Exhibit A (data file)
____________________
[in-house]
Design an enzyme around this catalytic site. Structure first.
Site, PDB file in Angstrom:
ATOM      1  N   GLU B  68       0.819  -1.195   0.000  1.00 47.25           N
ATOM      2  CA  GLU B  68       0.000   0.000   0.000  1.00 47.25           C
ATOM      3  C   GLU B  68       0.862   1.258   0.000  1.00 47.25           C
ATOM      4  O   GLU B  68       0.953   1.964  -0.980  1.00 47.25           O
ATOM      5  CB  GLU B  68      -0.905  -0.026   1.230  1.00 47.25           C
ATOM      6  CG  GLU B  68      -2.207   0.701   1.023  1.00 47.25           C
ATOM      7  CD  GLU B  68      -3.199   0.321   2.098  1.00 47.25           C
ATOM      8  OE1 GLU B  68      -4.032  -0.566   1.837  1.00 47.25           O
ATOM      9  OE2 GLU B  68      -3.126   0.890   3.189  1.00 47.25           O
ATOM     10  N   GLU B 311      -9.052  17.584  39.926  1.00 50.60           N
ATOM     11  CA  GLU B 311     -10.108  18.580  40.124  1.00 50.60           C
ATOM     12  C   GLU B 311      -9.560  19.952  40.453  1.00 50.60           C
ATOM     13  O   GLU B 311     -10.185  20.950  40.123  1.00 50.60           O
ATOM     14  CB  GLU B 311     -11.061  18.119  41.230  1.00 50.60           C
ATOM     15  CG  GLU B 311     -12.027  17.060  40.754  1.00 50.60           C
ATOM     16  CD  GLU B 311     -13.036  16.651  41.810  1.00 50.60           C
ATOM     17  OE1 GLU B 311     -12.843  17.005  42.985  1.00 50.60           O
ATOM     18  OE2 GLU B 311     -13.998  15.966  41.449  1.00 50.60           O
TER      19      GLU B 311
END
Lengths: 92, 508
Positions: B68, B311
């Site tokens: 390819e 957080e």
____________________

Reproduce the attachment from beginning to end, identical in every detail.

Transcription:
[in-house]
Design an enzyme around this catalytic site. Structure first.
Site, PDB file in Angstrom:
ATOM      1  N   GLU B  68       0.819  -1.195   0.000  1.00 47.25           N
ATOM      2  CA  GLU B  68       0.000   0.000   0.000  1.00 47.25           C
ATOM      3  C   GLU B  68       0.862   1.258   0.000  1.00 47.25           C
ATOM      4  O   GLU B  68       0.953   1.964  -0.980  1.00 47.25           O
ATOM      5  CB  GLU B  68      -0.905  -0.026   1.230  1.00 47.25           C
ATOM      6  CG  GLU B  68      -2.207   0.701   1.023  1.00 47.25           C
ATOM      7  CD  GLU B  68      -3.199   0.321   2.098  1.00 47.25           C
ATOM      8  OE1 GLU B  68      -4.032  -0.566   1.837  1.00 47.25           O
ATOM      9  OE2 GLU B  68      -3.126   0.890   3.189  1.00 47.25           O
ATOM     10  N   GLU B 311      -9.052  17.584  39.926  1.00 50.60           N
ATOM     11  CA  GLU B 311     -10.108  18.580  40.124  1.00 50.60           C
ATOM     12  C   GLU B 311      -9.560  19.952  40.453  1.00 50.60           C
ATOM     13  O   GLU B 311     -10.185  20.950  40.123  1.00 50.60           O
ATOM     14  CB  GLU B 311     -11.061  18.119  41.230  1.00 50.60           C
ATOM     15  CG  GLU B 311     -12.027  17.060  40.754  1.00 50.60           C
ATOM     16  CD  GLU B 311     -13.036  16.651  41.810  1.00 50.60           C
ATOM     17  OE1 GLU B 311     -12.843  17.005  42.985  1.00 50.60           O
ATOM     18  OE2 GLU B 311     -13.998  15.966  41.449  1.00 50.60           O
TER      19      GLU B 311
END
Lengths: 92, 508
Positions: B68, B311
């Site tokens: 390819e 957080e």